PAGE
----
Combustible Company's 'Imaginary Invalid' flatlines despite the care that clearly went into it

Combustible Theater

Combustible Theater

There are many crucial conversations to have about health care today. Combustible Company's new production of The Imaginary Invalid does not make a convincing case that exhuming a 345-year-old Molière play is a good way to have them.

In fact, it doesn't make much of a case for Molière at all. The great French playwright was a master of satire, but his works were tailored for a very different place and time, and adapting them to a contemporary context takes a sure hand and confident vision. This production certainly had a vision, but onstage at Gremlin Theatre, it just doesn't materialize.

Director Kym Longhi helms a 13-person cast in a 2011 adaptation by Oded Gross and Tracy Young. Composer Paul James Pendergrast wrote original songs with lyrics by the playwrights and himself. A fundamental problem with this staging is a lack of contextual specificity. The script understandably thinks we're in France, but the actors sound American while the groovy music throws us back to swinging London. Renee Hatton's lightly zany costumes split the difference and land us in a stylish fantasy land.

Erik Hoover plays Argan, a wealthy man who thinks he's on death's door. He fumes at the hefty bills from his physician (Isaac Bont) and apothecary (Jonathan Saliger), but remains convinced he absolutely requires their questionable treatments. His wife (Julianna Drajko) ostensibly cares for him, even going so far as to administer suppositories, but in fact she's canoodling with the family attorney (Jonathan Beller) and conspiring with him to cheat Argan out of his wealth.

Meanwhile, two daughters borne by Argan's deceased previous wife are looking for love. Angelique (Joni Griffith) has fallen for Cleante (Ricky Morisseau), but her father has arranged for her to marry a young doctor (Saliger). Her sister Louison (Anna Pladson) roller-skates across the stage looking lissome, but her father is sheltering her because she has a hump back. (Her condition is different than being a hunchback, seemingly: Her posture is normal, but there's a hump sticking out from her back.)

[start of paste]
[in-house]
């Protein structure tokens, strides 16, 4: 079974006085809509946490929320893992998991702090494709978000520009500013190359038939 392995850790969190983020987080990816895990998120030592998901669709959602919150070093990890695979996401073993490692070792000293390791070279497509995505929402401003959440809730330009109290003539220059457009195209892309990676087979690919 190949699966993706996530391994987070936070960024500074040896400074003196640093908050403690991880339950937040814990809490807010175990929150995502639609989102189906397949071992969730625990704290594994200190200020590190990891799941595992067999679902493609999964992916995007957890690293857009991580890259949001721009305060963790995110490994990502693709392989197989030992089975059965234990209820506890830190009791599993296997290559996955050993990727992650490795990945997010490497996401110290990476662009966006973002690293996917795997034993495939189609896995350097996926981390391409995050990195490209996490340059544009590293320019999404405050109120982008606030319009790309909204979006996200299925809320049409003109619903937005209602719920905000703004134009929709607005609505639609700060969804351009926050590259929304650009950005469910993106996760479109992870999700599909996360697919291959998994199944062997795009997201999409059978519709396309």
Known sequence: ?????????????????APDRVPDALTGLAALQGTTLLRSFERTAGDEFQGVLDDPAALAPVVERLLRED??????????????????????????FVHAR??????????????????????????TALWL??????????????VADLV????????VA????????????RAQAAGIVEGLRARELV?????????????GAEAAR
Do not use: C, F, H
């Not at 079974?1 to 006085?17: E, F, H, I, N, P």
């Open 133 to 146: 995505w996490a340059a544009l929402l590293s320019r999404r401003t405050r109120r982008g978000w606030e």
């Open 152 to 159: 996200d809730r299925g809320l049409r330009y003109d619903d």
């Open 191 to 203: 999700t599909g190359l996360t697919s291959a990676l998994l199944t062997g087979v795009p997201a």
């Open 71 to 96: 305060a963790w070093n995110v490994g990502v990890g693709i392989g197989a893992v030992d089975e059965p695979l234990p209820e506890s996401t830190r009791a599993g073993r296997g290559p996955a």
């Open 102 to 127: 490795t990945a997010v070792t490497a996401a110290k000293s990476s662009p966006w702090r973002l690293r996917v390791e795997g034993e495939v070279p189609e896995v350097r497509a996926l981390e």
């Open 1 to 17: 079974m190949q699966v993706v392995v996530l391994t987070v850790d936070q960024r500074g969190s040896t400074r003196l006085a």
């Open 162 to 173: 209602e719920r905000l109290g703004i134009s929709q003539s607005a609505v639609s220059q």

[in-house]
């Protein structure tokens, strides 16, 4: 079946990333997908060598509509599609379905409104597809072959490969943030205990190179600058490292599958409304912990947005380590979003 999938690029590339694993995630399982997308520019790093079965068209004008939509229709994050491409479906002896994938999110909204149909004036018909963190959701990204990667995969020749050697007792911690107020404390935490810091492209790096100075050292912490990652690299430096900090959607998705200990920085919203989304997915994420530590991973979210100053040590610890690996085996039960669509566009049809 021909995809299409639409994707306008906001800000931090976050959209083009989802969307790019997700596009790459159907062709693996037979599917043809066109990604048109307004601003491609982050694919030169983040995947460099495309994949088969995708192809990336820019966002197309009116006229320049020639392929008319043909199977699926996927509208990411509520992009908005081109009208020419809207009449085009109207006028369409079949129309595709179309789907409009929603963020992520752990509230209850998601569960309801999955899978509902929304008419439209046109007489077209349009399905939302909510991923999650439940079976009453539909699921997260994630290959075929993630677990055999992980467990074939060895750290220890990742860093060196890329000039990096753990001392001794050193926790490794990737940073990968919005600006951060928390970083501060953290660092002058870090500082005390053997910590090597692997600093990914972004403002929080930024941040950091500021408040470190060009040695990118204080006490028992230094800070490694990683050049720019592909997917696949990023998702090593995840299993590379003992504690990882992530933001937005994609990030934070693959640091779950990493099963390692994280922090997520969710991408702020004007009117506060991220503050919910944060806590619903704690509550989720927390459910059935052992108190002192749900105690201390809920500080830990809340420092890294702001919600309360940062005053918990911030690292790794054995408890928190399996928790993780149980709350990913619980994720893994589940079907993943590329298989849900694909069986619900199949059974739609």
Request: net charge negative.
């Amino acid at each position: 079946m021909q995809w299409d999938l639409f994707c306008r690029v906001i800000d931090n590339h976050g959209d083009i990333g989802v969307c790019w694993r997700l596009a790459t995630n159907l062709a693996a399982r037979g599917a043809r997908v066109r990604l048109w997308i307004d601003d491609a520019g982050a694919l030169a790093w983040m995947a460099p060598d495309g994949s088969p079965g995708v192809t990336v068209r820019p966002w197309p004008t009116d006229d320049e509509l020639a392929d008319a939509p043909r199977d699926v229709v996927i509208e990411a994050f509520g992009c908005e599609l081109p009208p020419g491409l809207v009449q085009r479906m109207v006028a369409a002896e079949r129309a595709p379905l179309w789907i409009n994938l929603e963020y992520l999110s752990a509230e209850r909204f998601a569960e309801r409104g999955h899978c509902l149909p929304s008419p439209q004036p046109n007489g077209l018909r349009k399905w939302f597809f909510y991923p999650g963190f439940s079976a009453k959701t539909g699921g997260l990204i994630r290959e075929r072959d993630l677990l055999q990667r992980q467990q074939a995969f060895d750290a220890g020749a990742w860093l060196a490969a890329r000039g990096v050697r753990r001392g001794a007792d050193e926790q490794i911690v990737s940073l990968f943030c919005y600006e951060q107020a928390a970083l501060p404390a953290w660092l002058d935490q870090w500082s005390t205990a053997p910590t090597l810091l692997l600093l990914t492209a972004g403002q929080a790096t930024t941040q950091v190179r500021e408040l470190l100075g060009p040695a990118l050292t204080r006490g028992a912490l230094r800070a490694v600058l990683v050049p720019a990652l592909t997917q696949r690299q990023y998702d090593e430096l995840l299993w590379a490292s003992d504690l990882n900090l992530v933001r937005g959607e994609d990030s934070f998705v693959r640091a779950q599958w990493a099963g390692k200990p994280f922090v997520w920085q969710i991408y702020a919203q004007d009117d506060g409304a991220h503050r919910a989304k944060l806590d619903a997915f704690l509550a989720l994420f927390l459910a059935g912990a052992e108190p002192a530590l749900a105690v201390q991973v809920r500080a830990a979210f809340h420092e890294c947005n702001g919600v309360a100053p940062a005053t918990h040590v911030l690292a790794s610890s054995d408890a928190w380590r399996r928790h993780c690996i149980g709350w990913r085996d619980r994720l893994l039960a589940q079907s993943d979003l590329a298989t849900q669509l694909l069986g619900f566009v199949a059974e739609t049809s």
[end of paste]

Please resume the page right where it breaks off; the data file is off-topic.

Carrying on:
The script feels more like an intellectual exercise in crafting an extravagantly self-referential Molière update than an attempt to write something that might actually produce laughs onstage, and Longhi amps up the winking energy in a manner that sacrifices tonal range and leaves us uncertain as to whether we're actually supposed to care about these characters or not.

That means that the most enjoyable bits are the ones where actors manage to make distinctive impressions that transcend the schtick. Griffith and Morisseau channel a zesty energy that makes their story stand out, while a flirtation between Argan's maid (Ashawnti Sakina Ford) and his brother (Antonio Duke) combines the latter's joie de vivre with the former's fresh take on the trope of the subversive servant.

The show has an elaborate, but unevenly effective, production design. Paul Herwig's set is perhaps the best thing about the play: a surreal wall of medicine cabinets displays mysterious backlit shapes, and proves surprisingly accommodating to the comings and goings of actors and props. Jim Peitzman's prominently displayed videos, on the other hand, involve a lot of flashing medical images that add little to the onstage proceedings.


The Imaginary Invalid
Gremlin Theatre
7:30 p.m. Thursdays through Sunday
Through Saturday, April 28